Terashima O.,Mechanical Engineering and Science |
Sakai Y.,Mechanical Engineering and Science |
Nagata K.,Mechanical Engineering and Science |
Ito Y.,Mechanical Engineering and Science |
And 2 more authors.
International Journal of Heat and Fluid Flow | Year: 2015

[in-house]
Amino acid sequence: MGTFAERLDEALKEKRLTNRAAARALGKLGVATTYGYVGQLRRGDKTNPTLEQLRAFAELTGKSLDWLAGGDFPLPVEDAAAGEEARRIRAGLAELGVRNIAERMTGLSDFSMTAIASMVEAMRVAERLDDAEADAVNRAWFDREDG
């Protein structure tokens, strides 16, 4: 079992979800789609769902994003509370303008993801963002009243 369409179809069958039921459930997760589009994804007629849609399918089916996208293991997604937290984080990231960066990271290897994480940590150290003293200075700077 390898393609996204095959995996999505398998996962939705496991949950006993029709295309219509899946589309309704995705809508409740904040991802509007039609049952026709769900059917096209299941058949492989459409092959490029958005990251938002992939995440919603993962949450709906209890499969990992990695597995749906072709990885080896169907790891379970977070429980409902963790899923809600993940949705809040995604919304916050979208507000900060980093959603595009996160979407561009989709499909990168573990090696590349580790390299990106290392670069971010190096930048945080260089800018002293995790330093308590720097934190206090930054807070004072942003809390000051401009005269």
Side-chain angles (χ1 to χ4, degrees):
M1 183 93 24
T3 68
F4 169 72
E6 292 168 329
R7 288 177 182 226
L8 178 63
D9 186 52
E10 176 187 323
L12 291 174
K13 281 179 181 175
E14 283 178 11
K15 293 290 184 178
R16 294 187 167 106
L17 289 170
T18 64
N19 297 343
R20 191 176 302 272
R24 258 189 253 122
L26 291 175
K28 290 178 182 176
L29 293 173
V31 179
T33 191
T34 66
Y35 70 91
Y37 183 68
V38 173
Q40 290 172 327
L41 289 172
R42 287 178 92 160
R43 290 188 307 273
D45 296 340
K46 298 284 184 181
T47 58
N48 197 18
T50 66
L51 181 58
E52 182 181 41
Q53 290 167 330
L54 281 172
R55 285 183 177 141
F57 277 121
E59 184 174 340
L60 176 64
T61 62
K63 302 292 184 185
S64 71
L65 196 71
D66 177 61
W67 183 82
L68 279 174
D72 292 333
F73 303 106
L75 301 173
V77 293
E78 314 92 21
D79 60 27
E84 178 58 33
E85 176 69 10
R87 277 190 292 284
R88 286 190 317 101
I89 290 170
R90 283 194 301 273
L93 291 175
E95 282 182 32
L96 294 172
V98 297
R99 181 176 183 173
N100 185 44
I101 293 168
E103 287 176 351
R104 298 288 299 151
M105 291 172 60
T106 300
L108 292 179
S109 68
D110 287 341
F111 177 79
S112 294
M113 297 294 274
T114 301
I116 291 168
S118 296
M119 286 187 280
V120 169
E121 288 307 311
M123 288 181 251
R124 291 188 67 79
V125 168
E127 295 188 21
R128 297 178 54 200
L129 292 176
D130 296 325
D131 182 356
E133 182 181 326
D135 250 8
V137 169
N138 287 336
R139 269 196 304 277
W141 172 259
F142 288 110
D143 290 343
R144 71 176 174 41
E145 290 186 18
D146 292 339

The role of a large-scale coherent vortex structure in a planar jet, which is intermittently observed and called "flapping motion", on the turbulent energy transport process is investigated experimentally. The experiment is performed by simultaneously measuring the two components of velocity and pressure in the self-preserving region of the jet. The probe for the simultaneous measurement of the velocity and pressure consists of an X-type hot-wire sensor and a static pressure probe. The measurement data are analyzed using a conditional sampling technique and the phase-averaging technique, on the basis of an intermittency function which shows whether the jet is now flapping or not. This intermittency function is obtained by the measurement results of the streamwise velocity fluctuation by means of the two I-type hot-wire sensors set in the self-preserving region of the jet with applying a continuous wavelet transform analysis to the data. The experimental results show that the phase-averaged velocity field during the flapping motion shows a good agreement with those obtained through the 23 points simultaneous measurement of the streamwise velocity in the previous studies. Further, the phase-averaged pressure field during the flapping motion indicates the existence of a large-scale coherent vortex structure, interpreted as a combination of the flapping and puffing motions in the self-preserving region of the jet. In addition, it is found that the production of the turbulent energy and its diffusion from the inner region to the outer region of the jet are enhanced by the flapping motion. In particular, this enhancement of the turbulent energy diffusion is caused by the combination of an increase of the turbulent diffusion to the outer region of the jet and a decrease of the pressure diffusion to the inner region of the jet. © 2015 Elsevier Inc.